Anthony Dixon isn’t one of those quiet, lead-by-example types. On the field, he’ll celebrate after a good run or a crushing block. Off it, he’s noticed as much for his hair (dreads with the tips dyed blonde) as his commercials (rapping about a doctor who does Lasik surgery on the radio). Dixon’s also someone who’ll speak his mind. While sometimes in the militaristic world of the NFL that sort of thing doesn’t fly, something Dixon said to his coaches may end up keeping him on the San Francisco 49ers.
Early on in camp, Dixon saw the proverbial writing on the wall. Or perhaps he read it in a blog or a newspaper story. Regardless, most people figured Dixon wasn’t going to be a 49er at the beginning of the upcoming regular season, for a variety of reasons. The 49ers have more talent in their backfield this year than last, and Dixon’s last impression (getting stopped on third and short against the Giants) didn’t help his chances. So Dixon went to Jim Harbaugh during an offseason practice and did something about it.
“It was kind of like one of them days where I just kind of went to him as we was getting done with the walk through. I didn’t really like the reps that I was getting and I was like, ‘Coach, you know, let me do fullback or something. I just want to get on the field more.’ And he was like, ‘Okay.’ All the coaches, they got kind of excited about it. I just ran with it,” Dixon said.
I asked Dixon how much his blocking has improved since the beginning of camp.
“I’m going to say a whole lot, because I’m learning what it means to be a fullback. What it means to lead block. Just all the little details that it takes to be a fullback. I had never really just concentrated on it like that. With this being my first time having to focus on it, I think I’m getting better every day,” Dixon said.
Has his experience at fullback made Dixon a more patient runner?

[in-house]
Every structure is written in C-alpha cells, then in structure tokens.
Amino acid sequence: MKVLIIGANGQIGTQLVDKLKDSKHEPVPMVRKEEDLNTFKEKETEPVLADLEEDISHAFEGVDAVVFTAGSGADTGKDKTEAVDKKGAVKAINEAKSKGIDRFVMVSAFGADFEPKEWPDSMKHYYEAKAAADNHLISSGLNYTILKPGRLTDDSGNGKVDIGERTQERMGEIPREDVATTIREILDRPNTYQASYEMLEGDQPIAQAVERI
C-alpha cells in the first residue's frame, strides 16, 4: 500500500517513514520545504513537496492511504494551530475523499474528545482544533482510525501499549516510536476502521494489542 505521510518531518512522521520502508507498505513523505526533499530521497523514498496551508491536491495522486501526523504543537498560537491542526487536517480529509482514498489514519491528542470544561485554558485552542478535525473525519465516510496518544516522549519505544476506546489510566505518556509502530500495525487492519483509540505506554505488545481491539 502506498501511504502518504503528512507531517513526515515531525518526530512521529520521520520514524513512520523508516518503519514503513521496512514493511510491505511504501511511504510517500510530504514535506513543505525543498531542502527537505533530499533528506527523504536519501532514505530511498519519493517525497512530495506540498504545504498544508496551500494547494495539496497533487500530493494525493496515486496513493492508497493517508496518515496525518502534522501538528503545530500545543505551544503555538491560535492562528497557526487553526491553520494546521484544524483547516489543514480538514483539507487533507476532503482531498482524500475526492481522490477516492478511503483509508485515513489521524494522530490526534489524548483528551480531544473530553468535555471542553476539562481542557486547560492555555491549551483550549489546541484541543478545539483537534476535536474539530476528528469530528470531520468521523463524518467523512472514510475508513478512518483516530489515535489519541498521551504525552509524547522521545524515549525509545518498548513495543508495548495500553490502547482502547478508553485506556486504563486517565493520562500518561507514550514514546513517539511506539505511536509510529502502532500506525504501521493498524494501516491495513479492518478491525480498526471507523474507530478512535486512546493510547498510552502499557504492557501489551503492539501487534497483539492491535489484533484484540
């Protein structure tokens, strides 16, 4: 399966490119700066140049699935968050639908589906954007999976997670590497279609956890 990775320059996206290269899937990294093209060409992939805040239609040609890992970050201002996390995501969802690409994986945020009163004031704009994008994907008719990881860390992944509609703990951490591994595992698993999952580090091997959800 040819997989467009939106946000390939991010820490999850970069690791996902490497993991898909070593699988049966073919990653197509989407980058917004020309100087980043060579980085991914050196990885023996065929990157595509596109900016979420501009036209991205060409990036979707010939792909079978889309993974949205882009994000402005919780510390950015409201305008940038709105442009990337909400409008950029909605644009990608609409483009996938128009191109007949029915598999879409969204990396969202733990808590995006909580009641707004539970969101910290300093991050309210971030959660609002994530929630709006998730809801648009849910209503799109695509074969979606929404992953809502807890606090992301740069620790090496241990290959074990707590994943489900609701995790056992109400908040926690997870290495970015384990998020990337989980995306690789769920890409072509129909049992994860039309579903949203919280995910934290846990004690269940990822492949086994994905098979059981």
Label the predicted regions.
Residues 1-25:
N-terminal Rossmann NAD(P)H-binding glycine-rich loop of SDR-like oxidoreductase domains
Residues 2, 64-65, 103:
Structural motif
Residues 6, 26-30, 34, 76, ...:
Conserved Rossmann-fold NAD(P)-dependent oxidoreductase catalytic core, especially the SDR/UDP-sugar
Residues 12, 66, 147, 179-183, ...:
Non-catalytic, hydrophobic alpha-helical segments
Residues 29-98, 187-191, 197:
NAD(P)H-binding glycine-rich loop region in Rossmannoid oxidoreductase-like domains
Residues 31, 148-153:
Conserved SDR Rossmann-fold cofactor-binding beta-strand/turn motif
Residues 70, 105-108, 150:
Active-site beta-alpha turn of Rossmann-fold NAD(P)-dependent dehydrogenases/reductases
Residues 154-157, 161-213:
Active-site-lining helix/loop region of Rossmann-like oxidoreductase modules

“Yeah, it does. Because now I know what my fullback is doing. I definitely know where he got to be, and it just makes me a smarter player.”
Dixon played very well on Sunday in Denver, which drew notice from the coach Dixon went to that day.
“He’s done a nice job. We talked about it at some length after the ball game the other night,” said Harbaugh, who also talked about Dixon’s contributions on special teams.
“Core guy. He’s on all the units, all the important units. And ever single one of those phases is important. But, especially the punt, especially the kickoff coverage, those two in particular. And he’s evolved. It’s been a very good process for him, in terms of his special teams play.”
Dixon also received a vote of confidence this morning from offensive coordinator Greg Roman on KNBR (about 10 minutes in):
“I think we can look to Dix to have his most productive season as a Niner, because he’s really stepped up his preparation. I think he’s another guy that’s really maturing as a player. We got him in multiple roles right now, fullback, halfback. That’s really expanding his lens in terms of the game. He’s understanding all the aspects of the backfield. But he did a great job on some of those runs the other night. He was just hammering their defense. He took one, had great vision on the one that he took for 20-something yards for the touchdown. He’s doing a good job and he’s having a good camp. We just look for him to continue to develop in that way. But he’s an explosive guy. Dix is an explosive guy. Again, he can do multiple things. He’s doing a really good job blocking, too. He hammered some of their linebackers blocking the other day as well. He’s really come in with a laserbeam focus this year. That’s great to see.”
I’ve mentioned this before, and I’ll probably go back to this well several more times before the end of this season — when the 49ers have players perform different tasks, play different positions, I don’t think it’s just to give flexibility to the roster. I believe Harbaugh and the rest of his staff firmly believe that “expanding” a player’s “lens” by giving them a different view of the field can make a player better. As a runner, Dixon probably would get a chance somewhere else if the 49ers cut him. But as a halfback/fullback/special teams triple threat, he may be too valuable for the 49ers to let go.